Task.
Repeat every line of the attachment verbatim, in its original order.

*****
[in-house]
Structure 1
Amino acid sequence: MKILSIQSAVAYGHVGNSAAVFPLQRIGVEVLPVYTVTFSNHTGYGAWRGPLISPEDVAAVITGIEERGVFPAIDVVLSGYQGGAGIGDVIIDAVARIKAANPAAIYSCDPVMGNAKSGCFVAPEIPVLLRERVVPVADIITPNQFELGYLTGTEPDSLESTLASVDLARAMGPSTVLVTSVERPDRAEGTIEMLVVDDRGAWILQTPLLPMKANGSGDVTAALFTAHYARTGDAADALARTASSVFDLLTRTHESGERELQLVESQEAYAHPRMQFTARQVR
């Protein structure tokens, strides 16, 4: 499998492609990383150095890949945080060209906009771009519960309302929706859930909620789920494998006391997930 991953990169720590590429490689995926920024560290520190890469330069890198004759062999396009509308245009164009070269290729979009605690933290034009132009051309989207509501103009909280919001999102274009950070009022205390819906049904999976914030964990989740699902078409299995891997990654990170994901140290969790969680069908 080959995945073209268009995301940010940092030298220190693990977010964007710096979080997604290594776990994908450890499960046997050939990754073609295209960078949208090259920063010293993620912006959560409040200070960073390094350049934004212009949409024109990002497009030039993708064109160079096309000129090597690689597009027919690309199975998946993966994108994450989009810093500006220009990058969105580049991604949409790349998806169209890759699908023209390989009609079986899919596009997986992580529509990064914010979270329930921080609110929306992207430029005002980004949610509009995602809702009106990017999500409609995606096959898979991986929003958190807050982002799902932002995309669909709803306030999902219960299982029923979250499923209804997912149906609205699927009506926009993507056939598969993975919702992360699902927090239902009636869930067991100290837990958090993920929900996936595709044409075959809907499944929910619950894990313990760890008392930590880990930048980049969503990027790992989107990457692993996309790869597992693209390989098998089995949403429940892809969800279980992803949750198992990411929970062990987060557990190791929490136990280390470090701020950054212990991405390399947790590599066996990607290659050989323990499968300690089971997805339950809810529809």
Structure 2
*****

[in-house]
Structure 1
Amino acid sequence: MKILSIQSAVAYGHVGNSAAVFPLQRIGVEVLPVYTVTFSNHTGYGAWRGPLISPEDVAAVITGIEERGVFPAIDVVLSGYQGGAGIGDVIIDAVARIKAANPAAIYSCDPVMGNAKSGCFVAPEIPVLLRERVVPVADIITPNQFELGYLTGTEPDSLESTLASVDLARAMGPSTVLVTSVERPDRAEGTIEMLVVDDRGAWILQTPLLPMKANGSGDVTAALFTAHYARTGDAADALARTASSVFDLLTRTHESGERELQLVESQEAYAHPRMQFTARQVR
């Protein structure tokens, strides 16, 4: 499998492609990383150095890949945080060209906009771009519960309302929706859930909620789920494998006391997930 991953990169720590590429490689995926920024560290520190890469330069890198004759062999396009509308245009164009070269290729979009605690933290034009132009051309989207509501103009909280919001999102274009950070009022205390819906049904999976914030964990989740699902078409299995891997990654990170994901140290969790969680069908 080959995945073209268009995301940010940092030298220190693990977010964007710096979080997604290594776990994908450890499960046997050939990754073609295209960078949208090259920063010293993620912006959560409040200070960073390094350049934004212009949409024109990002497009030039993708064109160079096309000129090597690689597009027919690309199975998946993966994108994450989009810093500006220009990058969105580049991604949409790349998806169209890759699908023209390989009609079986899919596009997986992580529509990064914010979270329930921080609110929306992207430029005002980004949610509009995602809702009106990017999500409609995606096959898979991986929003958190807050982002799902932002995309669909709803306030999902219960299982029923979250499923209804997912149906609205699927009506926009993507056939598969993975919702992360699902927090239902009636869930067991100290837990958090993920929900996936595709044409075959809907499944929910619950894990313990760890008392930590880990930048980049969503990027790992989107990457692993996309790869597992693209390989098998089995949403429940892809969800279980992803949750198992990411929970062990987060557990190791929490136990280390470090701020950054212990991405390399947790590599066996990607290659050989323990499968300690089971997805339950809810529809």
Structure 2